These are exciting as well as threatening times in Indian Country. There are opportunities available to Native Americans that have never before been possible. Yet there are challenges that could upset the whole enterprise.
In this section of the web site, you will explore in more detail many of the challenges raised in the two documentaries, Indian Country Diaries. You will also compare and contrast life for urban Indians in Los Angeles with life on the Qualla Boundary Reservation for the Eastern Band of the Cherokee Indians.
Identity and assimilation have been critical challenges for Native Americans since first contact and are serious questions today. These are questions faced by every Native American — Do I decide to live traditionally and identify with the centuries-old culture of my tribe? Or, do I decide to move to the city and adopt or accept a more modern, pan-Indian identity? How much of the dominant American culture do I want to let into my life? Will my erstwhile white friends or co-workers accept me? Will my tribe think I'm no longer a "real tribal person?" Can I live with the stereotypes of Indians in American society? And, who do I root for during the Thanksgiving Day football game, the Redskins or the Cowboys?
Other stories about Identity and Assimilation:
Sovereignty, for many observers, is one of the key challenges facing tribes today. Since the 1960s, the federal government has been gradually encouraging tribes to take a larger and larger part in self-administering programs for their members. Some tribes have newfound funds from gaming to help in the process. Many tribes are now going beyond the arguments about sovereignty to implementing "nation building." But challenges still remain as the tribes and government work out how a sovereign nation within the U.S. faces a host of legal and social issues.
Other stories about Tribal Sovereignty:
Revitalizing native cultures is critical to the process of nation building, and revitalizing native languages is key to process. In this section, you take a look at each of the major tribes featured in Indian Country Diaries, as well as education and the emerging "pow wow culture" that is both urban and pan-Indian. You also get tips on etiquette for non-Natives and Natives who may be attending a pow wow for the first time.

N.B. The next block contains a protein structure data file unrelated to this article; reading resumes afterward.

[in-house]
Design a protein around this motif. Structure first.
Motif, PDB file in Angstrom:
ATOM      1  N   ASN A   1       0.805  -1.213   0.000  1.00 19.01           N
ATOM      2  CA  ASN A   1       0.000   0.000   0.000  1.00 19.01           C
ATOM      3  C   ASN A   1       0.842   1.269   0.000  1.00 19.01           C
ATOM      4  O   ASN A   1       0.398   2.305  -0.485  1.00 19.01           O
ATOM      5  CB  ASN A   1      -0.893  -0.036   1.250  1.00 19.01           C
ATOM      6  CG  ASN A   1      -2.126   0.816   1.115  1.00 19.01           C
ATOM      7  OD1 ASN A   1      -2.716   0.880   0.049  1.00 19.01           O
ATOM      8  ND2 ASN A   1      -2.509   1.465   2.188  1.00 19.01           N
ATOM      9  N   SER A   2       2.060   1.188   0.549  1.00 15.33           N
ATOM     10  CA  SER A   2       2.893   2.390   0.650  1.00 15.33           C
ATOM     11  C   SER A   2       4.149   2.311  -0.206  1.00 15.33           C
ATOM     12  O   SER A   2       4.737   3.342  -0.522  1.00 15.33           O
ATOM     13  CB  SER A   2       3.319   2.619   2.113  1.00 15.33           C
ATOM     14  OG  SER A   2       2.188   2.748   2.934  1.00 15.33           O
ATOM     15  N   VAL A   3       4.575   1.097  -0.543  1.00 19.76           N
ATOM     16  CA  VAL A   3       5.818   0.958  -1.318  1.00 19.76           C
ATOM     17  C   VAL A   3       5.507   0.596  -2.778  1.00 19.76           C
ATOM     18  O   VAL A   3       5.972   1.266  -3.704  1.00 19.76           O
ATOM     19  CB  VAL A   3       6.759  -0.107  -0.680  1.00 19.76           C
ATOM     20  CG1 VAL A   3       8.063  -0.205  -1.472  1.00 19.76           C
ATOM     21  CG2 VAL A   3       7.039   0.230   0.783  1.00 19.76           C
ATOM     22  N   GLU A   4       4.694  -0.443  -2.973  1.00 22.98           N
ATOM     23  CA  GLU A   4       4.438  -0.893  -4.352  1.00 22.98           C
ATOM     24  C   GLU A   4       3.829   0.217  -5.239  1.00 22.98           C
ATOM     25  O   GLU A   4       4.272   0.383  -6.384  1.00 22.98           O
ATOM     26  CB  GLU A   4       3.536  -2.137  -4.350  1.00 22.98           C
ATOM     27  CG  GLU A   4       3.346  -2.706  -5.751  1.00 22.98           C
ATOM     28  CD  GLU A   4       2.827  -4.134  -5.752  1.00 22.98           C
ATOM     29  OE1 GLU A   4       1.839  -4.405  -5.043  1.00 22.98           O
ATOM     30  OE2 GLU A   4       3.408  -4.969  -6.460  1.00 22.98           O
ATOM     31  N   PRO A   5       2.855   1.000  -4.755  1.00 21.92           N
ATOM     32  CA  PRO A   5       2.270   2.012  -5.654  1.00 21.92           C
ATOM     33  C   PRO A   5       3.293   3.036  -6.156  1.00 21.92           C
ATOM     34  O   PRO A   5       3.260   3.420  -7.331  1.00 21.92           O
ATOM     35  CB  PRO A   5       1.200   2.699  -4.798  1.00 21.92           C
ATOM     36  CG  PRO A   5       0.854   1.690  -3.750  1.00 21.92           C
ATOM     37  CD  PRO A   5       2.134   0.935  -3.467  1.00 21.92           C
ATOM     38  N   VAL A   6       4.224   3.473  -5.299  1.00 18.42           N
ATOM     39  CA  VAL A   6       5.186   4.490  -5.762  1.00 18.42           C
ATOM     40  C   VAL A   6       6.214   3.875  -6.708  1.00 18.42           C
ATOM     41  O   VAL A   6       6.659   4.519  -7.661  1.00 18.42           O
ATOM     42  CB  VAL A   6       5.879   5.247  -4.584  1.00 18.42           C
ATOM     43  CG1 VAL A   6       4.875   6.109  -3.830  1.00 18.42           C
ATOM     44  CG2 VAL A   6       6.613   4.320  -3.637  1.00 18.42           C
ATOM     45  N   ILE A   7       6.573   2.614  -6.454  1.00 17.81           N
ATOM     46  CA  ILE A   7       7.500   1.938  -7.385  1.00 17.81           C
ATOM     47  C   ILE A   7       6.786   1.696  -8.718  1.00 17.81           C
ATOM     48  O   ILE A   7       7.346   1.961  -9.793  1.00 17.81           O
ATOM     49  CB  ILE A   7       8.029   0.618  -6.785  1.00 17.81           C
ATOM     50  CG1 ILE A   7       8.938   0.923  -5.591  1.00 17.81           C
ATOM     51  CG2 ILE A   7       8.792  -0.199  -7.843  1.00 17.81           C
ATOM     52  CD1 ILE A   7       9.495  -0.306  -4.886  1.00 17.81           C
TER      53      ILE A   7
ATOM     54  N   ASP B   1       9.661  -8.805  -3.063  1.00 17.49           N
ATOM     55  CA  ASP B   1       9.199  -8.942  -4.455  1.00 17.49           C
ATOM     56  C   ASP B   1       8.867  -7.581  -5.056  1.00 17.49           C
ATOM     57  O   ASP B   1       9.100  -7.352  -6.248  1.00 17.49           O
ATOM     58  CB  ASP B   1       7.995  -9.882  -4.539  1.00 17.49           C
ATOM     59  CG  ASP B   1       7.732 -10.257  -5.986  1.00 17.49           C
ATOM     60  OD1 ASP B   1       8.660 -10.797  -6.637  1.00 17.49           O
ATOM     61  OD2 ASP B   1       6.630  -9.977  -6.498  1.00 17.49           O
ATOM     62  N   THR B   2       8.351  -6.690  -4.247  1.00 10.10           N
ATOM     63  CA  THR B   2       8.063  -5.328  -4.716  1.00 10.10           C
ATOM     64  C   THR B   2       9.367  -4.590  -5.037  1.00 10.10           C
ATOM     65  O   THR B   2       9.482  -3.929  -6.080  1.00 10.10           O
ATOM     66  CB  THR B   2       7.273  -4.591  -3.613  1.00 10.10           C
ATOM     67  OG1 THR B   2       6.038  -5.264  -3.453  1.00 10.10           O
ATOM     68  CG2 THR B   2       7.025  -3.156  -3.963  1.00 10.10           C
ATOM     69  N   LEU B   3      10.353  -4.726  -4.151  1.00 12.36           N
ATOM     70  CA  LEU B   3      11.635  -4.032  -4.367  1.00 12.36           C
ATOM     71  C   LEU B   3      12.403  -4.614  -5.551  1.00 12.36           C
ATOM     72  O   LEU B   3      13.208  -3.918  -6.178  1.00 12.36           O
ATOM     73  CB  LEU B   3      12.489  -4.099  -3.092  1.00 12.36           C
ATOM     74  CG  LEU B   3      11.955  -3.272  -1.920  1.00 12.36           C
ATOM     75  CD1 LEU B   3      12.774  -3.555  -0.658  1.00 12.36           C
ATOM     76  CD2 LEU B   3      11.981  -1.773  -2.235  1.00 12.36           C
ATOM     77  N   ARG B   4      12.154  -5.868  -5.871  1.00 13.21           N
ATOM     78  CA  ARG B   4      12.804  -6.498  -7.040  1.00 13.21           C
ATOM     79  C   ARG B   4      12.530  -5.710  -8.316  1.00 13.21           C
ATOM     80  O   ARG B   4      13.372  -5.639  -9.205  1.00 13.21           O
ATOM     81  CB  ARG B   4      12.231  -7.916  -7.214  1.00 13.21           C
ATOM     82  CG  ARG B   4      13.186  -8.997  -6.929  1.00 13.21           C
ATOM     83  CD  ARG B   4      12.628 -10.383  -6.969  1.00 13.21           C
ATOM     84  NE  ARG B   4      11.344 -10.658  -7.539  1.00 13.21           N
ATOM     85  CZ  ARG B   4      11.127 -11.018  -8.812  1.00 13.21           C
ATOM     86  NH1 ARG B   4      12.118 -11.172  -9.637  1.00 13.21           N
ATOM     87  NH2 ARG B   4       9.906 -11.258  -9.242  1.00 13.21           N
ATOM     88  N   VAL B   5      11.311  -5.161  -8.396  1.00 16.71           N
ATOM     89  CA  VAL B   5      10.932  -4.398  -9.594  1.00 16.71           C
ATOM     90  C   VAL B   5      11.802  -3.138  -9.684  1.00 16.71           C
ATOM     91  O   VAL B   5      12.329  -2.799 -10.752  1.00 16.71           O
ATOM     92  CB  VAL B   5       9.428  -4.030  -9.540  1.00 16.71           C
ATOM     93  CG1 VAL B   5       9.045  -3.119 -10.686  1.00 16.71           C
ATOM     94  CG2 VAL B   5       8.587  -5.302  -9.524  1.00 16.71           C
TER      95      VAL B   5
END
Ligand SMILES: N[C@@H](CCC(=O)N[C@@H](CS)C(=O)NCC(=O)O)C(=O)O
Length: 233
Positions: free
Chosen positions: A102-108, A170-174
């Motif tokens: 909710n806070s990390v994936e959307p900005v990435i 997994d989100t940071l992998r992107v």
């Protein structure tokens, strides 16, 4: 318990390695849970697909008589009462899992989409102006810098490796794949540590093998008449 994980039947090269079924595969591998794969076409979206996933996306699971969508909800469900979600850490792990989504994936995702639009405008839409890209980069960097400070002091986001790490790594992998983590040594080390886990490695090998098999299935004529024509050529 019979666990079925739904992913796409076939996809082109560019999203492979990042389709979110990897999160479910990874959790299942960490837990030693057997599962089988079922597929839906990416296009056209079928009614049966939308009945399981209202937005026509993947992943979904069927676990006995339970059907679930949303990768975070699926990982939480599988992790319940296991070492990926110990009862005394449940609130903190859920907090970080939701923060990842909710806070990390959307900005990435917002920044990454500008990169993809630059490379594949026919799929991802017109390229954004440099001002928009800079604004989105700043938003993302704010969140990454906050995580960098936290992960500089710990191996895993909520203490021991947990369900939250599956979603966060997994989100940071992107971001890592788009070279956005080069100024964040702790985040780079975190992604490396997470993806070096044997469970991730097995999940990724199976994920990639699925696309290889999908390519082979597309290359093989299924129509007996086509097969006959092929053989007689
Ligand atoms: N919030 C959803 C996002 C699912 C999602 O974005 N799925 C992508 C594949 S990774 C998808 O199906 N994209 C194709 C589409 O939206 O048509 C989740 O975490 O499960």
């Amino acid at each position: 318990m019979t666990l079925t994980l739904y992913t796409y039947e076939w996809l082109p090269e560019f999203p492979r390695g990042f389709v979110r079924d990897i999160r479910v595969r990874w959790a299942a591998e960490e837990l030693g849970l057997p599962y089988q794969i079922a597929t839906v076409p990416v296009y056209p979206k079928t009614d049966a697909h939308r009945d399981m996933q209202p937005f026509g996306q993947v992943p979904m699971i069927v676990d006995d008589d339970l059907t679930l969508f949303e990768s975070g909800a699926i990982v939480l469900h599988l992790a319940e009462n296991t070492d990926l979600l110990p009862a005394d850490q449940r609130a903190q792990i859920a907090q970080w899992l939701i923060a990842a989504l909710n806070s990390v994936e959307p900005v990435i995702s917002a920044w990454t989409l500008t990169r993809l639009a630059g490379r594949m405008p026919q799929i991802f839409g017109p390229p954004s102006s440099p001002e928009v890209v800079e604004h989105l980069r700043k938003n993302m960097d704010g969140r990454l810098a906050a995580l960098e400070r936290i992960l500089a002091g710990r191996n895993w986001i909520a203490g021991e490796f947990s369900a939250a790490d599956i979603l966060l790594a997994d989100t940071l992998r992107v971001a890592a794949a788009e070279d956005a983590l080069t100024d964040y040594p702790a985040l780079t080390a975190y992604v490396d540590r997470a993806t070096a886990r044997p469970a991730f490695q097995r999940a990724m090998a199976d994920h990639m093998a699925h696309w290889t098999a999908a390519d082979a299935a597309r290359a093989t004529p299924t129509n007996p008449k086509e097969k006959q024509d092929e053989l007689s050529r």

Other stories about Revitalizing Native Cultures:
Preserving families has become a challenge for Native people as almost two-thirds of Native Americans are now living in cities. In general, these urban Indians are cut off from their extended families and tribal support systems.
Economic development issues go beyond gaming. Casinos have helped a few tribes become relatively well off, especially those who have land near the big cities. But most tribes were put on reservations in the mostly remote, rural areas of the country. Some of those tribes have developed innovative businesses that rely on their unique advantages and new technologies to build brighter economic futures.
Other stories about Economic Development:
Health challenges for Native Americans are literally killing many before their time. Substance abuse is still a major challenge as drugs like meth are devastating for some Indian tribes. Yet, alcohol remains the drug of choice for too many. Diabetes is a major killer at rates far exceeding the non-Native population. But new research is suggesting that historic trauma, passed down from generation to generation, may be a root cause of many of the health problems facing Indian Country. Innovative treatment plans borrowed from the treatment of Post Traumatic Stress Disorder offer new hope. And a return to spirituality — both Christianity and native belief systems — offers hope as well.
Other stories about Health:
The cliché is that challenges are opportunities in disguise. In Indian Country, that cliché is true.
|© 2006 Native American Public Telecommunications. All Rights Reserved.||Published September 2006